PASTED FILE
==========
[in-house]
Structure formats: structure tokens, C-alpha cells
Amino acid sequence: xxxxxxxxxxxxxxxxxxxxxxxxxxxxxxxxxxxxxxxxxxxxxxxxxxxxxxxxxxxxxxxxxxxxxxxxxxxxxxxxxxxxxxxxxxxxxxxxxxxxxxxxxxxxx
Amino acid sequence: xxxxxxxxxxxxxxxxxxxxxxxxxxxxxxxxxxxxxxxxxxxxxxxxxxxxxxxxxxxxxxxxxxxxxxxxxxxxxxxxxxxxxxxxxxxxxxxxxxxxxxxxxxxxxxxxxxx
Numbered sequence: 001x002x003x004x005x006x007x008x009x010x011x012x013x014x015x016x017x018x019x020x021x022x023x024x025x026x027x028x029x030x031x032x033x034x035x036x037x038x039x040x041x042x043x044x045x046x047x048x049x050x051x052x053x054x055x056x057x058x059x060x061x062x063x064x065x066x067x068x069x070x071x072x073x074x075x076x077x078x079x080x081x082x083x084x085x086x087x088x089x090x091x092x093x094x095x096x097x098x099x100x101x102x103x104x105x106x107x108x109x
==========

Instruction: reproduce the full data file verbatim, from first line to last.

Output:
[in-house]
Structure formats: structure tokens, C-alpha cells
Amino acid sequence: xxxxxxxxxxxxxxxxxxxxxxxxxxxxxxxxxxxxxxxxxxxxxxxxxxxxxxxxxxxxxxxxxxxxxxxxxxxxxxxxxxxxxxxxxxxxxxxxxxxxxxxxxxxxx
Amino acid sequence: xxxxxxxxxxxxxxxxxxxxxxxxxxxxxxxxxxxxxxxxxxxxxxxxxxxxxxxxxxxxxxxxxxxxxxxxxxxxxxxxxxxxxxxxxxxxxxxxxxxxxxxxxxxxxxxxxxx
Numbered sequence: 001x002x003x004x005x006x007x008x009x010x011x012x013x014x015x016x017x018x019x020x021x022x023x024x025x026x027x028x029x030x031x032x033x034x035x036x037x038x039x040x041x042x043x044x045x046x047x048x049x050x051x052x053x054x055x056x057x058x059x060x061x062x063x064x065x066x067x068x069x070x071x072x073x074x075x076x077x078x079x080x081x082x083x084x085x086x087x088x089x090x091x092x093x094x095x096x097x098x099x100x101x102x103x104x105x106x107x108x109x